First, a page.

Another year passed. December crept on us too swiftly. I ran one hand over the other, passing over the knotted flesh of X-shaped scars where they had cut.

We communicated by chat service the day before. I had moved away, hoping to escape.

"It's my birthday again."

I cried, where he couldn't see me, many miles away.

The next day came. I couldn't sleep. The day went on. I couldn't eat.

Night fell. I began to panic. I knew the day wouldn't end without an emissary from the witch.

I called my mother and sobbed to her my fears, but it didn't seem she believed me. But I knew, I knew.

I went through the house, closing every curtain, locking every window and door in what I knew was ultimately a vain gesture. The witch's minions would laugh at my feeble fortress. I cursed my many windows; why did my house have to have so many windows?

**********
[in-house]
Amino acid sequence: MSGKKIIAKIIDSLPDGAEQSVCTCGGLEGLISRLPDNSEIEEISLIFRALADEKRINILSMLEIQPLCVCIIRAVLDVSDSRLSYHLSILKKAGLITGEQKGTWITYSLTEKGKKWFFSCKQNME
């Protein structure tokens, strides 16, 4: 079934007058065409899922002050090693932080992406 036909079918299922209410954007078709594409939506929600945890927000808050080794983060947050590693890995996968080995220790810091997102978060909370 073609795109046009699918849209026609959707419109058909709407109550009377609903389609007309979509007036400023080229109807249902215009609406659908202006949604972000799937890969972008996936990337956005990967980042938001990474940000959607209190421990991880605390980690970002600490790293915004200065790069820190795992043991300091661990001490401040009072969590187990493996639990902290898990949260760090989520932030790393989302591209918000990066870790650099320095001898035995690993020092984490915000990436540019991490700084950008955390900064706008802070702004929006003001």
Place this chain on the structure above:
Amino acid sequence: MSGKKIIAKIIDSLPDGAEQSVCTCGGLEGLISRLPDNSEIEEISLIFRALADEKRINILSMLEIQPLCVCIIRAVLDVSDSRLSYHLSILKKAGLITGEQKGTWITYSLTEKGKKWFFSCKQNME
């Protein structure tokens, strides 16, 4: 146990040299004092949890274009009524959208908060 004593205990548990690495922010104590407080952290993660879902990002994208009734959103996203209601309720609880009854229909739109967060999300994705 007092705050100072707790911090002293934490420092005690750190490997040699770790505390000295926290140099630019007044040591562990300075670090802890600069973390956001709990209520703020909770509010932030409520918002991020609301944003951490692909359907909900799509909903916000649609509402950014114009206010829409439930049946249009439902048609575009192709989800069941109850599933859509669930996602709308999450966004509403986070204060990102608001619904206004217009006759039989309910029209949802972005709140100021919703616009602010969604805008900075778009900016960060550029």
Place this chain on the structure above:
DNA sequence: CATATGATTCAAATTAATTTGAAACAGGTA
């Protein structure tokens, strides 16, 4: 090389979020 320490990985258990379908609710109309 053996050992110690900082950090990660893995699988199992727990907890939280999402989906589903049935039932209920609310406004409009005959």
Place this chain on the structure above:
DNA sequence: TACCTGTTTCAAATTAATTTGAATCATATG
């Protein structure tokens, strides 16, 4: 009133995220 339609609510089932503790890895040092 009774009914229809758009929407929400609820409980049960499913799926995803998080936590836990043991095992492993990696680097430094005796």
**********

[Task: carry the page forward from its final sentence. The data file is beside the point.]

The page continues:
And standing before each one to close the curtain, terror squeezed my heart. I felt so vulnerable in front of the darkness beyond. I knew with growing dread the next one would have her there, standing there and staring me down. I knew what she looked like; I had seen her in my head before. Tall and proud and deadly and feral, dressed in autumn-browns and woven feathers and clawed gloves, bared shoulders and black eyes that turned red in the dark.

She did not appear. Not yet.

Every curtain closed, every lock locked, I returned to my room. I hung up the phone; I had cried the whole way, my mother long-suffering, but not comforting. She just listened, like one listens to a wailing child after a nightmare. She didn't know. She hadn't seen.

I laid back on my bed. From everywhere in the house, I could be seen from outside. Too many windows, too many. The curtains didn't matter. I might as well have left them open. I could still be seen. I tried to crawl on the floor but I felt them watching, it didn't matter.

I cried while I had time, and waited.